According to Herodotus, there is a race of men located

……..beyond the Pillars of Hercules, which the Carthaginians are wont to visit, where they no sooner arrive but forthwith they unlade their wares, and, having disposed them after an orderly fashion along the beach, leave them, and, returning aboard their ships, raise a great smoke. The natives, when they see the smoke, come down to the shore, and, laying out to view so much gold as they think the worth of the wares, withdraw to a distance. The Carthaginians upon this come ashore and look. If they think the gold enough, they take it and go their way; but if it does not seem to them sufficient, they go aboard ship once more, and wait patiently. Then the others approach and add to their gold, till the Carthaginians are content. Neither party deals unfairly by the other: for they themselves never touch the gold till it comes up to the worth of their goods, nor do the natives ever carry off the goods till the gold is taken away.

Trade, if Herodotus is to be believed, takes place with neither sight nor sound of the other. Hence, the term silent trade or dumb barter. Ibn Battuta, the 14th century explorer, relates that on the Volga River he was told of a land of darkness, forty days journey hence where those

who go there do not know whom they are trading with or whether they be jinn or men, for they never see anyone.

An Italian prelate, Paulus Jovius, reports silent trade was common among the Lapps, writing

They bargain with simple faith with absent and unknown men.

Taking these and other accounts at face value raise at least three questions:

1) If the accounts are to be believed and trade is anonymous, why doesn’t one or the other party `defect’ and steal the goods offered by the other?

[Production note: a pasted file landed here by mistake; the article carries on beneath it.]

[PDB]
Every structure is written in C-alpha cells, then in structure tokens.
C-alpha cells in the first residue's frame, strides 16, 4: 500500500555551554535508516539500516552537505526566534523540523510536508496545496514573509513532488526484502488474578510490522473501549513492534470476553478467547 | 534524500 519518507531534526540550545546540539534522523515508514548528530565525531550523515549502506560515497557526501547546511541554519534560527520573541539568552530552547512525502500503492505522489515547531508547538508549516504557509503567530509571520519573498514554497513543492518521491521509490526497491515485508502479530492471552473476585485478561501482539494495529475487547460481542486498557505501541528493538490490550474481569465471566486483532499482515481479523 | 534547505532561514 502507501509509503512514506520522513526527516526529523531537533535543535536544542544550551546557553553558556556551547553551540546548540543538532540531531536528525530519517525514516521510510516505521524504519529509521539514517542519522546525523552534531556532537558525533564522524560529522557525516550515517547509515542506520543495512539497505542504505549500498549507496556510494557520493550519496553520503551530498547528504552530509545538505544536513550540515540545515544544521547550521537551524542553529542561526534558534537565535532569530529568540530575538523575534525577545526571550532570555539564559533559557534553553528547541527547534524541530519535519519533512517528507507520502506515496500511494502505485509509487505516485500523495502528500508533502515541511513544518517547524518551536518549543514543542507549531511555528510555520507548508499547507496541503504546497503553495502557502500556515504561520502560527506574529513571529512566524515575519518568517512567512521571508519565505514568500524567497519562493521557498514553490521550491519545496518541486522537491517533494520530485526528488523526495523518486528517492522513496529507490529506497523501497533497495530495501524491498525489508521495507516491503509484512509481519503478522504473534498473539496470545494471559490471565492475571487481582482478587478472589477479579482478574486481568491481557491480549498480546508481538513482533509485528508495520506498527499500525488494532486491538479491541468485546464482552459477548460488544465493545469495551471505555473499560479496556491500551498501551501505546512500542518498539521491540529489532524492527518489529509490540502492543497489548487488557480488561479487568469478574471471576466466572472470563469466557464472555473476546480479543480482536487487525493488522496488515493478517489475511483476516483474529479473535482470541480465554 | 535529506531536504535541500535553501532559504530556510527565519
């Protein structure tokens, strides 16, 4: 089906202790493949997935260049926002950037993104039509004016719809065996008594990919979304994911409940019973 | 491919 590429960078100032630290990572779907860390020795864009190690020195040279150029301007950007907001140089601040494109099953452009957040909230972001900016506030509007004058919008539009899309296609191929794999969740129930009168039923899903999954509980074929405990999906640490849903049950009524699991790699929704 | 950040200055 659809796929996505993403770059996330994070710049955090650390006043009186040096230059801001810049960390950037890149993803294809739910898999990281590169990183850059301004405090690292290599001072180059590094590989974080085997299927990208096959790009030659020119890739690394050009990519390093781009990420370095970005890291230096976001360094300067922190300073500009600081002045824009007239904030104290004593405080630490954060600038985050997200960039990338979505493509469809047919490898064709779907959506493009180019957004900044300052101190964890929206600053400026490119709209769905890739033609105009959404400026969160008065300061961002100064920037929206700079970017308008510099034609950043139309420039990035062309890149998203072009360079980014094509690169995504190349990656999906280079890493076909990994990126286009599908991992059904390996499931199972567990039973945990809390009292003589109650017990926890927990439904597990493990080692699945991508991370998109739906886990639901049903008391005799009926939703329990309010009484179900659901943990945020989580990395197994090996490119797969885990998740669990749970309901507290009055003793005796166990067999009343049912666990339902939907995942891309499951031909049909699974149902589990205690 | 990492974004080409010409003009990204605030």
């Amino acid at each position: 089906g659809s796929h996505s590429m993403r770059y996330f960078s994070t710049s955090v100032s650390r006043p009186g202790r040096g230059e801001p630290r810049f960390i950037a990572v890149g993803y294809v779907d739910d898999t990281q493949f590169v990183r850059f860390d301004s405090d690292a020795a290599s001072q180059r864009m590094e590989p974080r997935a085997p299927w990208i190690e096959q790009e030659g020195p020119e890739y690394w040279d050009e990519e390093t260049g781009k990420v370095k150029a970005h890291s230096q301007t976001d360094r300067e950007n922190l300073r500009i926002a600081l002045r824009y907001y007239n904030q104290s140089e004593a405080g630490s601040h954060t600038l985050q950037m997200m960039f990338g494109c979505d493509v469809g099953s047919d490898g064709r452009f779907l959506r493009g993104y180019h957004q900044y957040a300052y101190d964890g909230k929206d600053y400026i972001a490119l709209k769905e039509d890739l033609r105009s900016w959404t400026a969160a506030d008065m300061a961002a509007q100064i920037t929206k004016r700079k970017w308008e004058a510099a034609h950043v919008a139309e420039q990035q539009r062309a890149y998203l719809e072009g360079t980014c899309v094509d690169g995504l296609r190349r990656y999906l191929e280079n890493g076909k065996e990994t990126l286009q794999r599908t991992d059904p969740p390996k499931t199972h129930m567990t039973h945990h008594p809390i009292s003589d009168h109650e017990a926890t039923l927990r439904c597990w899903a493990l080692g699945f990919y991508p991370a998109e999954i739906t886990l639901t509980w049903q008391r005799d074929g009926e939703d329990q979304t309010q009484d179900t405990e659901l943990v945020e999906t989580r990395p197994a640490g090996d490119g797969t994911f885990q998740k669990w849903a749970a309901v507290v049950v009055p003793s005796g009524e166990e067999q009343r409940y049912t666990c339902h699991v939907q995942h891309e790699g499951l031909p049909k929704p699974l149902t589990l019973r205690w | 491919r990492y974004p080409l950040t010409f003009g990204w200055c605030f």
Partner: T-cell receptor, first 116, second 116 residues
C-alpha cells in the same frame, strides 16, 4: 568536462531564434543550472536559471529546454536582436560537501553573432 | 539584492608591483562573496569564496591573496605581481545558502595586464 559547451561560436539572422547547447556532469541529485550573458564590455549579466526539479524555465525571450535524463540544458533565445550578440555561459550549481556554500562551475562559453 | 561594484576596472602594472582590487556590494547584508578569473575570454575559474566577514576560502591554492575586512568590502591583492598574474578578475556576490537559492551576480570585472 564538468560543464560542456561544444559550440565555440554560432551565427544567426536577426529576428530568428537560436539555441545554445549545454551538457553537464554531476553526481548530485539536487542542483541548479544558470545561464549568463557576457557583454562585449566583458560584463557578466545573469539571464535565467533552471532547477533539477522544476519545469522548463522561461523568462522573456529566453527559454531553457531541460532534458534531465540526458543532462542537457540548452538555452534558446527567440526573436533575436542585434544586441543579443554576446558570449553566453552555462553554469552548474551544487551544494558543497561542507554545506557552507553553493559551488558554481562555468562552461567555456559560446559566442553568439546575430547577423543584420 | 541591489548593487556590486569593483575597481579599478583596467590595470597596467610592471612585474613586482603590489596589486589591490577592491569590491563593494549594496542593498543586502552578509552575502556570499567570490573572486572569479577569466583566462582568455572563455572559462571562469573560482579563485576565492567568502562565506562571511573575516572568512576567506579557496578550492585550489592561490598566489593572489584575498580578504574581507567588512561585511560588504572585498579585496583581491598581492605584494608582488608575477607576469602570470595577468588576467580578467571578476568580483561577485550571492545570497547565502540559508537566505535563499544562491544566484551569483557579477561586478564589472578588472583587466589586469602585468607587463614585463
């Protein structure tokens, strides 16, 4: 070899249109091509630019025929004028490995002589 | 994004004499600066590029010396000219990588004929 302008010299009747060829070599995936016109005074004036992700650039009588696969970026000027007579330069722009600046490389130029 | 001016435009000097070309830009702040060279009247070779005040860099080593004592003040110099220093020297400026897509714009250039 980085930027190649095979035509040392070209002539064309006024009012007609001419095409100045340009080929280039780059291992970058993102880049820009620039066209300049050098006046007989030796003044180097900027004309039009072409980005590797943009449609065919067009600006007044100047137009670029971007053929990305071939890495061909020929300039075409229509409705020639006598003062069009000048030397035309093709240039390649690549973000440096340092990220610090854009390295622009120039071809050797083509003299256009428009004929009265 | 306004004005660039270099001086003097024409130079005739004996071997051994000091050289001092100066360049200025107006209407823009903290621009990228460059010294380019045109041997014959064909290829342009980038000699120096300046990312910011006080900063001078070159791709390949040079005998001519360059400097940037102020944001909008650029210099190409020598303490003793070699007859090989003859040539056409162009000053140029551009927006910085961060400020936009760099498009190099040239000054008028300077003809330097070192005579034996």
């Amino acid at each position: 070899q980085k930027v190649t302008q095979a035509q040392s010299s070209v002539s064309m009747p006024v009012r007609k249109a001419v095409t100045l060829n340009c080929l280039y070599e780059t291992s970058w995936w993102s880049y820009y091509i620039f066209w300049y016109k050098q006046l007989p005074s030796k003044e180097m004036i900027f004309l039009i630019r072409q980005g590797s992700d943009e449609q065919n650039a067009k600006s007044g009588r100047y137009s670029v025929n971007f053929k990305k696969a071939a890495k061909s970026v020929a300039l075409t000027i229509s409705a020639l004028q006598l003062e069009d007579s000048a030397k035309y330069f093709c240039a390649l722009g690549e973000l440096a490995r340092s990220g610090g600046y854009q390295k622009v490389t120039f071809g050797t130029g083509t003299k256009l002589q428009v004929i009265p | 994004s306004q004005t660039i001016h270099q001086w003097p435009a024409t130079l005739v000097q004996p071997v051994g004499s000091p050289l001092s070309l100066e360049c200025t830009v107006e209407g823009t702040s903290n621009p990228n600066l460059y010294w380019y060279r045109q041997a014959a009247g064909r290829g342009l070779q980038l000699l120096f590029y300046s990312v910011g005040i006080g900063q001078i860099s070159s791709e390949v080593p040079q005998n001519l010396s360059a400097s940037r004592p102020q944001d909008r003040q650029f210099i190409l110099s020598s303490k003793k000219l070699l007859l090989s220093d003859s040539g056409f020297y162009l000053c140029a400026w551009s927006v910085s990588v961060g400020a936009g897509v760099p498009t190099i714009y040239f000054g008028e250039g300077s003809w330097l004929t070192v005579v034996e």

2) If trade was mutually profitable and longstanding wouldn’t this be an inducement to communication?
3) How do the parties decide the location of the `trading post’ in the absence of communication?

I cannot see an obvious answer to at least two of these questions, and for this reason would expect that any account of silent trade be greted with skepticism. Indeed, some historians argue that the silent trade described by Herodotus and others may be a myth (see for example de Moraes Farias, but his focus is on Africa). If so, why are such tales passed on uncritically? Amazingly, there are instances of merchants sinking princely sums in schemes to participate in such trades based on these tales. The most famous of these are the attempts by Europeans to participate in the silent trade of Wangarra.

Setting aside the veracity of these accounts, one can still ask inquire an institution such as silent trade is even plausible. A starting point, perhaps, might be Kandori (RES 1992) and Ellison (RES 1994). We have an infinitely repeated game where, in each period, players from two communities are randomly and anonymously matched to play the prisoner’s dilemma (PD). Each player observes only the actions played in his own match and nothing more. Interestingly, cooperation can be sustained through community enforcement. If a player is matched with a rival who defects, he punishes all future rivals by switching to defection forever. In this way, information that someone has defected spreads until there is a complete breakdown in trade (how to do this for games other than the PD is discussed in Deb & Gonzalez-Diaz).  Indeed, at least one historical account reports a complete cessation in trade for three years in response to a `defection’. So, it appears the first of the questions I listed above may have an answer. The second question, I have not the wit to answer. The third invites an analogy to coordination games. The historical accounts suggest that river banks are a popular choice because they operated as a natural border between different communities. However, river banks are not the only focal points.